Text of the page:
Many people lose sleep at night due to congestion, coughing, wheezing, itchy eyes and sneezing. But while you’re likely to blame pollen, pet dander, mold and other such allergens, your HVAC system could also be responsible, in part, for your symptoms.

One sure way to help combat this is to regularly change your system’s air filters.

Most air filters need to be cleaned or replaced on a monthly basis, although some high-efficiency filters can last a little longer between cleanings.

Since the air filter is such a critical player in reducing these allergens, you should think about investing in a quality filter capable of trapping even the tiniest particles. You might want to consider upgrading to a HEPA-style filter with a MERV rating of at least 10 for better filtration performance.

The point is, HVAC systems play a bigger role in alleviating allergy systems than you might think, as they reduce allergens and improve indoor air quality, helping you to get a better night’s sleep.

 

Keep humidity in mind.

There really is something to the old adage that “It’s not the heat, it’s the humidity.”

Besides temperature, humidity is something that could be influencing your ability to get a good’s night sleep. Humid air is less breathable air. By that, we mean your body works harder to breathe it, and that can make it more difficult to relax and lead to a more restless night of sleep.

If the humidity in your bedroom is too high, it can also feel stuffy while you feel sticky and you end up desperately tossing the covers around until you fall asleep from sheer exhaustion. Levels above 50 percent also foster mold growth and other allergens, which can trigger respiratory issues, which will interrupt your sleep. Usually this isn’t a huge problem if you have central air conditioning since the A/C helps control the humidity with the home.

Humidity below 30 percent, however, can make your skin, throat and nasal passages cracked and scratchy. Are your lips chapped? Does your nose bleed often? You don’t want to feel restless at night, so set your humidity level to something that facilitates sleep, ideally somewhere between 30 and 45 percent. This can usually be achieved by investing in a whole-house humidifier. Or, keep a portable humidifier in the bedroom to achieve ideal sleeping conditions.

Hint: Using an inexpensive digital hygrometer, you can measure the humidity level in your bedroom.

Don’t let outside air in.

While your air conditioning is running, leaving outdoor doors and windows open is a great way to reduce operating efficiency and undermine your HVAC’s system’s ability to bring your home to a more comfortable temperature. Whether you’re letting hot air into your home during the day or bringing in cool air at night, your air conditioner has to fight even harder to pull the humidity out of the air and cool it down.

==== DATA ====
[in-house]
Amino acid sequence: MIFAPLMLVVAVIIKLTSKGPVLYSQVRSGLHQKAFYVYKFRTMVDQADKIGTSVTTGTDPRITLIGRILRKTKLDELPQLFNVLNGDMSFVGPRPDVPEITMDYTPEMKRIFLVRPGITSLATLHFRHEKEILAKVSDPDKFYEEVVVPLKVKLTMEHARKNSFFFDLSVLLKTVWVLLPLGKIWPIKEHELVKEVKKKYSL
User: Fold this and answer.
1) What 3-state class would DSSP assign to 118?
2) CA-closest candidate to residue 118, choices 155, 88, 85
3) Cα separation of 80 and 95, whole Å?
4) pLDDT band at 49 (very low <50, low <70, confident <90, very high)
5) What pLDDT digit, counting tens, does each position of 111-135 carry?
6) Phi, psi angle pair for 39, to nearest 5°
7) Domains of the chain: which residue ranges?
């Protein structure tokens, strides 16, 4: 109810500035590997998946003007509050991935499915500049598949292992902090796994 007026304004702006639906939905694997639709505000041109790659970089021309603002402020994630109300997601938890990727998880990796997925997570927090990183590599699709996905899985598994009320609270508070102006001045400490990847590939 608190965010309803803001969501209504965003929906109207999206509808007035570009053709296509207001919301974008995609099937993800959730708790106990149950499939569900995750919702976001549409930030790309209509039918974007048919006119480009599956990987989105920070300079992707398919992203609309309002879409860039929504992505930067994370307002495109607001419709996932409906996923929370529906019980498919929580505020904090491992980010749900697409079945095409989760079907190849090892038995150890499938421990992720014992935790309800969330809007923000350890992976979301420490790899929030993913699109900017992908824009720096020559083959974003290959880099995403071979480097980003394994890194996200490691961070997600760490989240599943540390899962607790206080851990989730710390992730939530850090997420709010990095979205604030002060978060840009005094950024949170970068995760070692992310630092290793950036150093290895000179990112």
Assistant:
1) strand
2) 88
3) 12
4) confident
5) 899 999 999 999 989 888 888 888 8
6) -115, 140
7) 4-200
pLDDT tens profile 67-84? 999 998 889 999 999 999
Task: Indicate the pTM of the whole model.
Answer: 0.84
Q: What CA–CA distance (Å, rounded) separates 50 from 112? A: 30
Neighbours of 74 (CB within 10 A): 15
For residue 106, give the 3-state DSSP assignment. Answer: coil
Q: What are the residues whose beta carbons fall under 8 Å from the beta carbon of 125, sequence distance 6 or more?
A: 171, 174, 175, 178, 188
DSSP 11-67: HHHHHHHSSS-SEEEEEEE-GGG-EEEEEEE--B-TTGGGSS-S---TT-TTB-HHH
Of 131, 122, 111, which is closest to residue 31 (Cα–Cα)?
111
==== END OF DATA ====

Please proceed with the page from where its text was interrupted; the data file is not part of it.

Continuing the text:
A closely related mistake is using exhaust fans in the kitchen or bathroom. These fans can push conditioned air out of your house, which needlessly increases the strain on your A/C unit. During the cooling season, use these fans as sparingly as possible.

You don’t have a programmable thermostat?

Heat rises. This means that if your bedroom is on the second floor, it’s likely hotter than the rest of your Pittsburgh home. We’ve noted above it’s a good idea to lower the temperature before going to bed. If you want to make it more convenient, consider having a programmable thermostat installed in your home.

With a programmable thermostat, all you have to do is set a schedule once. Your system will continue to follow your instructions until you decide to change it again. You can tell your thermostat to automatically make your home cooler before you go to bed and have it warm up again right before you wake up. You can wake up comfortable and rested without having to fiddle with your thermostat all the time.

There’s evidence that the next advancement in heating and cooling could be wi-fi thermostats. Once they are synced to a wi-fi router, you’ll have remote access from a computer or via an app, all from the convenience of a smartphone or tablet. Such wi-fi thermostats keep you connected to your home with control literally in the palm of your hand.

Not only can these programmable and wi-fi thermostats help you get a better sleep, they can lead to decreased energy usage and utility bills and may even extend the life of your HVAC equipment.

For more information on programmable and wi-fi thermostats, please visit the Phillips website for contact information.

Better bedtime habits.

We understand how crazy life can be but, if possible, maintain a bedtime schedule and routine. Try to go to bed and wake up close to the same time every day, even on weekends. This can help reset your body’s internal clock.

Making your own personal bedtime ritual could help your body get ready for bed. For example, avoid eating big meals close to bedtime. Do a relaxing activity to help you take it easy such as a warm bath, reading a book or listening to relaxing music. Get in the habit of doing these things before bed. Your body will learn that it’s time to head to bed and go to sleep.

Your home’s comfort is our business and we want to help keep you cozy day and night. Give yourself the peace of mind that comes from offering you the best service and best products possible.

No matter where you purchased your HVAC unit, Phillips Heating & Air Conditioning professionals can help you repair and maintain it for maximum efficiency. Contact one of our service technicians and get the sleep and comfort you have always wanted.